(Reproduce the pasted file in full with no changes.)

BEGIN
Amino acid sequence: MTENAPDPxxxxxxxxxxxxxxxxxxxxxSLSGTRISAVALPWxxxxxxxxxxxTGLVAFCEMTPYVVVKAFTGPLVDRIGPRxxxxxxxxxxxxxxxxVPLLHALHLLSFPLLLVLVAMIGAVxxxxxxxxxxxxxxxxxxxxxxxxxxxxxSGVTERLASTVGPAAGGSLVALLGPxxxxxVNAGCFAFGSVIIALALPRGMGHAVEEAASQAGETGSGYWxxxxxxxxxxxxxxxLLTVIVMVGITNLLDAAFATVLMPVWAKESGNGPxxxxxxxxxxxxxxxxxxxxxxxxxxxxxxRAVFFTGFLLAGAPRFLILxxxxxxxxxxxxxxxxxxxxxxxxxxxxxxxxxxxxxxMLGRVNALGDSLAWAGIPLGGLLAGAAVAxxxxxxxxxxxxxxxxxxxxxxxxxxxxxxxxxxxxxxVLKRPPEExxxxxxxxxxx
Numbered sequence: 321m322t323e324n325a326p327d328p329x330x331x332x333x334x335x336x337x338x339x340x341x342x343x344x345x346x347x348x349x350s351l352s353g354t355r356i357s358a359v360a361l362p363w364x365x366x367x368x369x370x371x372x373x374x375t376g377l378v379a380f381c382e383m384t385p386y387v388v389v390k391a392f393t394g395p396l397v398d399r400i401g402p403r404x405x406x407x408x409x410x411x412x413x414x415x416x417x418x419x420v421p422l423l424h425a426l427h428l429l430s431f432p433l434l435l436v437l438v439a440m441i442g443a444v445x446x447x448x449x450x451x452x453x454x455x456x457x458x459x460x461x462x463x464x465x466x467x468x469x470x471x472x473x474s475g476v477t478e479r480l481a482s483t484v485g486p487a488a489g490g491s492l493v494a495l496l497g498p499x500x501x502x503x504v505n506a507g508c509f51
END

Amino acid sequence: MTENAPDPxxxxxxxxxxxxxxxxxxxxxSLSGTRISAVALPWxxxxxxxxxxxTGLVAFCEMTPYVVVKAFTGPLVDRIGPRxxxxxxxxxxxxxxxxVPLLHALHLLSFPLLLVLVAMIGAVxxxxxxxxxxxxxxxxxxxxxxxxxxxxxSGVTERLASTVGPAAGGSLVALLGPxxxxxVNAGCFAFGSVIIALALPRGMGHAVEEAASQAGETGSGYWxxxxxxxxxxxxxxxLLTVIVMVGITNLLDAAFATVLMPVWAKESGNGPxxxxxxxxxxxxxxxxxxxxxxxxxxxxxxRAVFFTGFLLAGAPRFLILxxxxxxxxxxxxxxxxxxxxxxxxxxxxxxxxxxxxxxMLGRVNALGDSLAWAGIPLGGLLAGAAVAxxxxxxxxxxxxxxxxxxxxxxxxxxxxxxxxxxxxxxVLKRPPEExxxxxxxxxxx
Numbered sequence: 321m322t323e324n325a326p327d328p329x330x331x332x333x334x335x336x337x338x339x340x341x342x343x344x345x346x347x348x349x350s351l352s353g354t355r356i357s358a359v360a361l362p363w364x365x366x367x368x369x370x371x372x373x374x375t376g377l378v379a380f381c382e383m384t385p386y387v388v389v390k391a392f393t394g395p396l397v398d399r400i401g402p403r404x405x406x407x408x409x410x411x412x413x414x415x416x417x418x419x420v421p422l423l424h425a426l427h428l429l430s431f432p433l434l435l436v437l438v439a440m441i442g443a444v445x446x447x448x449x450x451x452x453x454x455x456x457x458x459x460x461x462x463x464x465x466x467x468x469x470x471x472x473x474s475g476v477t478e479r480l481a482s483t484v485g486p487a488a489g490g491s492l493v494a495l496l497g498p499x500x501x502x503x504v505n506a507g508c509f51